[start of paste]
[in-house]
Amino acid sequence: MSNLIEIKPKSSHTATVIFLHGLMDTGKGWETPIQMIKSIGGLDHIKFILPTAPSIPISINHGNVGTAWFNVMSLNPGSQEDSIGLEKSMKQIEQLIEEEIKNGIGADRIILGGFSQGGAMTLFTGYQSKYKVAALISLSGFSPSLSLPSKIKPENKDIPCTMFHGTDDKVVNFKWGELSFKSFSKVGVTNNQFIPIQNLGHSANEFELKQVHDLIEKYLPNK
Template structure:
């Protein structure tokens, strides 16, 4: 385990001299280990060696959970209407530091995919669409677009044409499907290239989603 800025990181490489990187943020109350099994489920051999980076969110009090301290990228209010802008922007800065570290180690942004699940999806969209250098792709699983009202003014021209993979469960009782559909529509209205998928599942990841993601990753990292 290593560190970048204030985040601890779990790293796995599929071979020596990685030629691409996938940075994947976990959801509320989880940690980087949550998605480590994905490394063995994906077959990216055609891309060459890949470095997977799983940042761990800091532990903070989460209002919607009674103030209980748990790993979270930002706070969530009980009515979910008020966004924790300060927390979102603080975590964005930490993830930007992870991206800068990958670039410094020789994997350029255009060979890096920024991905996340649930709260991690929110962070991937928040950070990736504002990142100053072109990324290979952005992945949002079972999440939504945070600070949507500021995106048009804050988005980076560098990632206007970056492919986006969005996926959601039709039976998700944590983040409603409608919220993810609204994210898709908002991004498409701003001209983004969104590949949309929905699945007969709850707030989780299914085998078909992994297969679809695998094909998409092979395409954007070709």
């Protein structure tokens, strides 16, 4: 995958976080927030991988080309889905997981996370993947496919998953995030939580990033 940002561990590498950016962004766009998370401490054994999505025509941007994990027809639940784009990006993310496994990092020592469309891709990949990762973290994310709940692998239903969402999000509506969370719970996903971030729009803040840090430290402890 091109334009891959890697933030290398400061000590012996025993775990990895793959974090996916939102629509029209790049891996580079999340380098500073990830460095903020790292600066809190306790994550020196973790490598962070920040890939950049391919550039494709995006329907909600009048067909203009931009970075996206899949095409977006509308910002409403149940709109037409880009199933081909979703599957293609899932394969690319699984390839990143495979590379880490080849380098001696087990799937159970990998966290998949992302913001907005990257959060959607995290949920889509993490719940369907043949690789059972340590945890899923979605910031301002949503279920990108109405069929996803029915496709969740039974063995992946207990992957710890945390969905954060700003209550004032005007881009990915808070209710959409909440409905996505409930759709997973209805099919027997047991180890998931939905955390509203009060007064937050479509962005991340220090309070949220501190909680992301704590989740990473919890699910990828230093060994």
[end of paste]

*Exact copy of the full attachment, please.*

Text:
[in-house]
Amino acid sequence: MSNLIEIKPKSSHTATVIFLHGLMDTGKGWETPIQMIKSIGGLDHIKFILPTAPSIPISINHGNVGTAWFNVMSLNPGSQEDSIGLEKSMKQIEQLIEEEIKNGIGADRIILGGFSQGGAMTLFTGYQSKYKVAALISLSGFSPSLSLPSKIKPENKDIPCTMFHGTDDKVVNFKWGELSFKSFSKVGVTNNQFIPIQNLGHSANEFELKQVHDLIEKYLPNK
Template structure:
């Protein structure tokens, strides 16, 4: 385990001299280990060696959970209407530091995919669409677009044409499907290239989603 800025990181490489990187943020109350099994489920051999980076969110009090301290990228209010802008922007800065570290180690942004699940999806969209250098792709699983009202003014021209993979469960009782559909529509209205998928599942990841993601990753990292 290593560190970048204030985040601890779990790293796995599929071979020596990685030629691409996938940075994947976990959801509320989880940690980087949550998605480590994905490394063995994906077959990216055609891309060459890949470095997977799983940042761990800091532990903070989460209002919607009674103030209980748990790993979270930002706070969530009980009515979910008020966004924790300060927390979102603080975590964005930490993830930007992870991206800068990958670039410094020789994997350029255009060979890096920024991905996340649930709260991690929110962070991937928040950070990736504002990142100053072109990324290979952005992945949002079972999440939504945070600070949507500021995106048009804050988005980076560098990632206007970056492919986006969005996926959601039709039976998700944590983040409603409608919220993810609204994210898709908002991004498409701003001209983004969104590949949309929905699945007969709850707030989780299914085998078909992994297969679809695998094909998409092979395409954007070709």
């Protein structure tokens, strides 16, 4: 995958976080927030991988080309889905997981996370993947496919998953995030939580990033 940002561990590498950016962004766009998370401490054994999505025509941007994990027809639940784009990006993310496994990092020592469309891709990949990762973290994310709940692998239903969402999000509506969370719970996903971030729009803040840090430290402890 091109334009891959890697933030290398400061000590012996025993775990990895793959974090996916939102629509029209790049891996580079999340380098500073990830460095903020790292600066809190306790994550020196973790490598962070920040890939950049391919550039494709995006329907909600009048067909203009931009970075996206899949095409977006509308910002409403149940709109037409880009199933081909979703599957293609899932394969690319699984390839990143495979590379880490080849380098001696087990799937159970990998966290998949992302913001907005990257959060959607995290949920889509993490719940369907043949690789059972340590945890899923979605910031301002949503279920990108109405069929996803029915496709969740039974063995992946207990992957710890945390969905954060700003209550004032005007881009990915808070209710959409909440409905996505409930759709997973209805099919027997047991180890998931939905955390509203009060007064937050479509962005991340220090309070949220501190909680992301704590989740990473919890699910990828230093060994």